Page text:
SINGAPORE - As part of an ongoing field study into curbing dengue transmissions here, researchers have been producing their own Aedes aegypti mosquitoes and infecting them with the Wolbachia bacteria so they cannot reproduce.
But the process was laborious at the start, with researchers having to count each lava individually as they filled a tray of water with 4,000 mosquito larvae.
Local start-up Orinno Technology then created a device in 2016 which reduced the two-hour process to just three minutes.
Called the larvae counter, it counts mosquito larvae 30 times faster than previous manual methods. This has helped to increase the production rate and quality of male Wolbachia-Aedes mosquitoes reared for research.
The field study into a novel method to suppress Aedes aegypti mosquitoes in Singapore has delivered promising results since it started in 2016.
In the study, male Aedes aegypti mosquitoes, which neither bite humans nor transmit disease, are artificially infected with Wolbachia bacteria.When they are released and mate with females which are not infected, the resulting eggs do not hatch.
Orinno Technology created the larvae counter in collaboration with the National Environment Agency's (NEA) Environmental Health Institute.It is working on two other devices with the institute - a pupae counter and dispenser, and an automated sex sorter that can separate male and female mosquitoes.
The larvae counter, which has been used for the past two years, has allowed researchers to produce enough male mosquitoes for the first phase of Project Wolbachia-Singapore field study, said NEA.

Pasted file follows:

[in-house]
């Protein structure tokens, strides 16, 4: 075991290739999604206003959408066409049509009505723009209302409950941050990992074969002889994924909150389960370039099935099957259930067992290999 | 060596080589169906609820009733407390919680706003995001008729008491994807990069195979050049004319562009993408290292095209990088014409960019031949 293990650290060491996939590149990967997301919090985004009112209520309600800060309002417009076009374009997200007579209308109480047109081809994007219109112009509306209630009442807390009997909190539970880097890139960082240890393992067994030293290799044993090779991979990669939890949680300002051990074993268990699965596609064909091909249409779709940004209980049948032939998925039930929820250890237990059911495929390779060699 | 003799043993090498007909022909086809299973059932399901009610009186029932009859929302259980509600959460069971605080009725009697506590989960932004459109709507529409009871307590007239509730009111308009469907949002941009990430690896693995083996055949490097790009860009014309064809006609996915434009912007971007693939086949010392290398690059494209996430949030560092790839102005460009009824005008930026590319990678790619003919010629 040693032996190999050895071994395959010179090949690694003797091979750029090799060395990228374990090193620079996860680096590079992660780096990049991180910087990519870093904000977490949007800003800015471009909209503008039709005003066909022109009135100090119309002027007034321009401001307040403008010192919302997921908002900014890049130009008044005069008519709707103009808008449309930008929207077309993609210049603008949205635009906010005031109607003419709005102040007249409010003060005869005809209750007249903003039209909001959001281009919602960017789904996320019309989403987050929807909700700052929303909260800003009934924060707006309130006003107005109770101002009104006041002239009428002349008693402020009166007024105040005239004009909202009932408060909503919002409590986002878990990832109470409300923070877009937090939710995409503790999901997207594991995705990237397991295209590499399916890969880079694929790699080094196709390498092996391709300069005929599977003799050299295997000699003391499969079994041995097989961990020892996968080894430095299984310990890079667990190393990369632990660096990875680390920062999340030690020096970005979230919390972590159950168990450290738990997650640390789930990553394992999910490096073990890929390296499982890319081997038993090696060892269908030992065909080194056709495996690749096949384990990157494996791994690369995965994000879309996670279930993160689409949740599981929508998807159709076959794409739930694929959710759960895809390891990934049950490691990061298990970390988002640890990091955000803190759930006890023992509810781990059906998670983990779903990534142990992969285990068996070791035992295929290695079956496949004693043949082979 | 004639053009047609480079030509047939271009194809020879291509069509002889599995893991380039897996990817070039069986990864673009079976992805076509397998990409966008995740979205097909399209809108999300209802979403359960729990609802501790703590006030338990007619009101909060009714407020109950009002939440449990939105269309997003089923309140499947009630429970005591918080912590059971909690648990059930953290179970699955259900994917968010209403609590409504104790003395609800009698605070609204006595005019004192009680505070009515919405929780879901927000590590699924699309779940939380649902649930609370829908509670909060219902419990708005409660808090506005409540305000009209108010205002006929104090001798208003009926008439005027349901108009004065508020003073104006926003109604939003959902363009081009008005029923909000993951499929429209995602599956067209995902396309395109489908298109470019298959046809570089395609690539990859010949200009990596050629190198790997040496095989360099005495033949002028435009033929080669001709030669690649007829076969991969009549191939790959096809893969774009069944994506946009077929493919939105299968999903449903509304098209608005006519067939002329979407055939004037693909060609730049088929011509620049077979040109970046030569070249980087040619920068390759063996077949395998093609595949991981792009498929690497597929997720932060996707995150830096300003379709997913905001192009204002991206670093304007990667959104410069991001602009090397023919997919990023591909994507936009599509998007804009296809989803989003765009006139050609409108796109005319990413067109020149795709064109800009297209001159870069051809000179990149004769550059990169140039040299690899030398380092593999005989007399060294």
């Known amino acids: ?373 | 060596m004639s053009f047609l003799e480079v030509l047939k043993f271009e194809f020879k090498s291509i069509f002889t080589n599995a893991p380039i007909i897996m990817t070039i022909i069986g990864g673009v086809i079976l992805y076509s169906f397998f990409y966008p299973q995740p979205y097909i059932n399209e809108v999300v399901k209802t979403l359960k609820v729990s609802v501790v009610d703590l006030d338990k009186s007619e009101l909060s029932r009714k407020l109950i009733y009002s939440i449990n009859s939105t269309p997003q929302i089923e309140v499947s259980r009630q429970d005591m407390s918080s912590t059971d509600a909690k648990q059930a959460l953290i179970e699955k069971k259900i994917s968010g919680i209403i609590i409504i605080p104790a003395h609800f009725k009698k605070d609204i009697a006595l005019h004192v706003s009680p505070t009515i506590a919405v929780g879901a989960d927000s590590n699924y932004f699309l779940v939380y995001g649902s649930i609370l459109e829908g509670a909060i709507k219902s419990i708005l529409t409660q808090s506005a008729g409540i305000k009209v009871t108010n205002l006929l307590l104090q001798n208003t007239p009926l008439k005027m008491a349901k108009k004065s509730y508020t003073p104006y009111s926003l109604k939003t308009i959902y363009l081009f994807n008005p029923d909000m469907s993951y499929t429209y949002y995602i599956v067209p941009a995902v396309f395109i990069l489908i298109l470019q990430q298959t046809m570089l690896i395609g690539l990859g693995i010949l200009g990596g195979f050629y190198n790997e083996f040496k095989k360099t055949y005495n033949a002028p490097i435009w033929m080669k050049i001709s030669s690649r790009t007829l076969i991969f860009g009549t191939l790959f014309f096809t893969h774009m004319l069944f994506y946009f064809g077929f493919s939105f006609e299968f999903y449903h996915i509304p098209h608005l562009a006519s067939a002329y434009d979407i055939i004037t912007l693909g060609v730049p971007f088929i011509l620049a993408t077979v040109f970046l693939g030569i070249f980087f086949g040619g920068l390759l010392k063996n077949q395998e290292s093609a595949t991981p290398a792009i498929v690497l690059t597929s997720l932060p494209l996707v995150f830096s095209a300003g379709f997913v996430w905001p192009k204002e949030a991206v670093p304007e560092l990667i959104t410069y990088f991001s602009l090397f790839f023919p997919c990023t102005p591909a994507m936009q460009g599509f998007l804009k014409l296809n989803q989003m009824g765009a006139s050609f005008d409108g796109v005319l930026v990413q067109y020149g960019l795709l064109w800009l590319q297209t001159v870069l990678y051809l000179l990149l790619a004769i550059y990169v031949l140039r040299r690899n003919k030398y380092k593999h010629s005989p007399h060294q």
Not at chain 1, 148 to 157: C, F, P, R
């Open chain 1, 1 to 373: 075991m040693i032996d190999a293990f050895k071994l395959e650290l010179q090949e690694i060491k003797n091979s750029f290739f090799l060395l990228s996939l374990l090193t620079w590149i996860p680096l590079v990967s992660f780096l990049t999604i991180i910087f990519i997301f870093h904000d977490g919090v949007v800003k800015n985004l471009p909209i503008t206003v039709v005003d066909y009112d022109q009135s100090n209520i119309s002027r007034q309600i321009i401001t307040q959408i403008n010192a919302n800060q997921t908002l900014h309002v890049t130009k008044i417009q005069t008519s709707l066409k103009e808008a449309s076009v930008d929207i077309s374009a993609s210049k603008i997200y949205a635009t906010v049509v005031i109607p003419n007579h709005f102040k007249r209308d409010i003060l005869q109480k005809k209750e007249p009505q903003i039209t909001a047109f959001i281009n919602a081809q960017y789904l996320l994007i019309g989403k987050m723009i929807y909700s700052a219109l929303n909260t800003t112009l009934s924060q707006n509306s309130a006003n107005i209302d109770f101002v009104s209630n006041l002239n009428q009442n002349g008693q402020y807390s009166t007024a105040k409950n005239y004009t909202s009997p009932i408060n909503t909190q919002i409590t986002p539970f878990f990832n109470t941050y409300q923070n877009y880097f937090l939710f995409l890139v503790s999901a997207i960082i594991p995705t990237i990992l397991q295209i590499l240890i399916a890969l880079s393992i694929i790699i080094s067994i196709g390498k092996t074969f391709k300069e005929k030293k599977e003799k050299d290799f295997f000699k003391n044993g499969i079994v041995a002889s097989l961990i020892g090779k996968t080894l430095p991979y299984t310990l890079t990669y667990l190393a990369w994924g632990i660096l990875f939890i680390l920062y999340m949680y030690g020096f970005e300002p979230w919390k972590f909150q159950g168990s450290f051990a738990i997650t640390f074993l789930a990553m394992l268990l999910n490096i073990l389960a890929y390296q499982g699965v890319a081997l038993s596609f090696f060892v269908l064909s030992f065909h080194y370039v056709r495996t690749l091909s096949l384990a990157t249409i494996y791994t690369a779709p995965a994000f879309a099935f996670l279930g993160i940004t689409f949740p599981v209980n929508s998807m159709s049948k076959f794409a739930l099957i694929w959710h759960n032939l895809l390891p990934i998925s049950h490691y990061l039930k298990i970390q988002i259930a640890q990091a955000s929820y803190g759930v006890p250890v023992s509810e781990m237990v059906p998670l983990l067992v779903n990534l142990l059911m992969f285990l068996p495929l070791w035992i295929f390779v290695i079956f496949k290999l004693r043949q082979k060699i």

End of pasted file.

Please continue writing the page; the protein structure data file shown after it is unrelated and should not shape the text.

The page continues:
The results of this phase , released in December last year (2017), showed it was successful in suppressing half the targeted Aedes aegypti population observed in three sites.
The ongoing second phase of the study will involve more housing blocks in two of the three sites previously studied. Also, about one to six mosquitoes will be released per person each week, up from one to three mosquitoes previously.
Speaking to The Straits Times, Orinno Technology's co-founder, Dr David Du, 35, said:"The automatic tools will help to increase the number of mosquitoes reared, so it can be deployed on a large enough scale for the study."
All these devices will not only help to save manpower and cost, but will ensure the consistency and quality of the male mosquitoes produced, said Dr Du who has a Phd in engineering.
He said that one of the challenges in rearing the mosquitoes was ensuring that the larvae grow in a uniform way so sorting of the male and female pupae can be done more accurately. Male mosquito pupae are smaller than female pupae, so uniformity for each sex will help the sorting process.
"It's important that the amount of nutrients and water is uniform for each batch, and the larvae counter will also ensure the population number in each dish is the same." He believes the devices are not just beneficial to public health in Singapore, but the whole world.
"If this strategy is a success, I believe it will create a lot of value especially for people in developing countries. It's meaningful that we can contribute our knowledge and make this project successful," said Dr Du.
"Besides, I always get bitten by mosquitoes, and that's one personal reason for me."
Dr Du said after a presentation at the ASEAN Dengue Day Workshop in early June in Singapore, representatives from countries in attendance showed an interest in the devices created by Orinno Technology.
"Many countries are adopting similar projects, and we are exploring possible collaboration opportunities," he added. Similar field studies have been done in China, Australia and Thailand, but Singapore is the first to adopt its tools, said Dr Du.
The two-day conference, which was held in the lead up to ASEAN Dengue Day on Friday (June 15), saw a total of 150 participants from 24 countries, comprising researchers, pest control industry experts, policymakers, and the product development industry.
There were 2,772 dengue cases reported here for the whole of last year (2017). In comparison, during Singapore's worst dengue epidemic in 2013, more than 22,000 people were infected.